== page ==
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Weekly Digest – December 24, 2014

Compiled by Steven Wishnia and Neal Tepel

NLRB Says McDonald’s Retaliated
The National Labor Relations Board filed 13 complaints against McDonald’s on Dec. 19, alleging that it illegally retaliated against workers who took part in protests demanding higher wages. The cases are the first time the board has held the company to be a “joint employer” liable for working conditions at franchises that carry its brand, rejecting the company’s contention that its franchises are independent businesses and it is not responsible. The NLRB that the “nationwide response” to the protests showed that McDonald’s “engages in sufficient control over its franchisees’ operations” to qualify. The International Franchise Association has hired a high-powered Washington lobbying firm to fight the charges. Read more

Federal Spending Bill Sneaks in Cuts to Existing Pensions
Since 1974, federal law has said that pensions that a worker has already owned can’t be cut—but a provision added to the omnibus spending bill passed Dec. 13 will change that. An amendment cosponsored by Reps. John Kline (R-Minn.) and George Miller (D-Calif.) will let trustees of multiemployer pension plans cut benefits with federal approval if they believe it’s necessary to keep the plans solvent. About 10 million workers, including many in construction and film production, have such plans. And about 150 to 200 of them covering 1.5 million workers, are considered underfunded enough so that they might be affected in the next 10 to 20 years. “It’s letting the genie out of the bottle. Once it becomes legal to cut accrued benefits, then it’s a different world,” said Alicia Munnell, director of Boston College’s Center for Retirement Research. Read more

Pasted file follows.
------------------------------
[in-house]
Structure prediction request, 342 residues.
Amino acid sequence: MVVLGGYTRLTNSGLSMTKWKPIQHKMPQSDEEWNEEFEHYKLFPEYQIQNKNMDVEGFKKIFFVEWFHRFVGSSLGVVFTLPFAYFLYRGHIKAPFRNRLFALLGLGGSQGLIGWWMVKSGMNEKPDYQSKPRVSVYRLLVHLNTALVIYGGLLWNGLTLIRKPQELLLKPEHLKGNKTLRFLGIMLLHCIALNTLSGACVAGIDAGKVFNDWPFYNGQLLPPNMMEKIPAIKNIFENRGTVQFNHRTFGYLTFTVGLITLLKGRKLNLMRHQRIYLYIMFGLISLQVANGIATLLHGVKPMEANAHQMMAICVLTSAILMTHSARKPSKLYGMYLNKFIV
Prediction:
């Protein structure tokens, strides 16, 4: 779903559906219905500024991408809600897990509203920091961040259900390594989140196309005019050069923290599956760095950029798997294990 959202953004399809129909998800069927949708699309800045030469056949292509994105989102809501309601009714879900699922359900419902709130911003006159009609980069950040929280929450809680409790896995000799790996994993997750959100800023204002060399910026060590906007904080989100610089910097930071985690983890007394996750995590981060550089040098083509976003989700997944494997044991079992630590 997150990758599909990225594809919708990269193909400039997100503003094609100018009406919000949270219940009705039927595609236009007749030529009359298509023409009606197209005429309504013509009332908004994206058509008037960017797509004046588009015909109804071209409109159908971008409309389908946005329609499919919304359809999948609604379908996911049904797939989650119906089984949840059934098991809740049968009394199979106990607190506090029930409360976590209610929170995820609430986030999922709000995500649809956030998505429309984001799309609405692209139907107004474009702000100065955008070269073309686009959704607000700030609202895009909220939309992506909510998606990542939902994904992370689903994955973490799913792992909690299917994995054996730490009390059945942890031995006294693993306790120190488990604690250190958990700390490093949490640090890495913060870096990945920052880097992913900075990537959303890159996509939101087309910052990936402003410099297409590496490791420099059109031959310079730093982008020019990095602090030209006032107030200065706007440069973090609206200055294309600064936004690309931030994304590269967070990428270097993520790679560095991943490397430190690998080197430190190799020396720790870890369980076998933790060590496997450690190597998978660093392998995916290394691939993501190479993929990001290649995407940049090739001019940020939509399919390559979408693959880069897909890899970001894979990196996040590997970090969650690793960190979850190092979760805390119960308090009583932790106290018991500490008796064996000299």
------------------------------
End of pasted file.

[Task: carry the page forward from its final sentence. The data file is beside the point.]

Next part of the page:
Walmart Ordered to Pay $151M for Wage Theft
The Pennsylvania Supreme Court ruled Dec. 15 that Walmart and Sam's Club have to pay $151 million in back wages and damages to workers who were forced to work off the clock or skip breaks. The decision affects more than 185,000 people who worked at the stores in Pennsylvania between March 1998 and April 2006. It caps more than a decade of litigation that began when former employees filed a class-action suit in Philadelphia, alleging that the company forced employees to work through meal periods, during breaks, and while off the clock. Walmart is considering an appeal to the U.S. Supreme Court. Read more

Adjuncts, Religious-College Professors Win Right to Unionize
The National Labor Relations Board ruled Dec. 19 that faculty members at religious colleges and universities have the right to unionize if they aren’t performing a specifically religious function. It said that Pacific Lutheran University in Tacoma, Wash., had failed to prove that its teachers performed such functions. It also rejected the university’s claim that its non-tenure-track faculty were management and not eligible to join unions. A 1980 board decision says tenured faculty at private universities are management, but the board said adjuncts and faculty not on the tenure track are different because they don’t have a role in academic and hiring decisions. “We welcome the NLRB ruling as a step towards justice for faculty and the students they teach,” Service Employees International Union President Mary Kay Henry said in a statement. SEIU Local 925 filed a petition to represent Pacific Lutheran’s non-tenure track employees. Read more

S.F. Restaurant Workers Celebrate $4M in Back Pay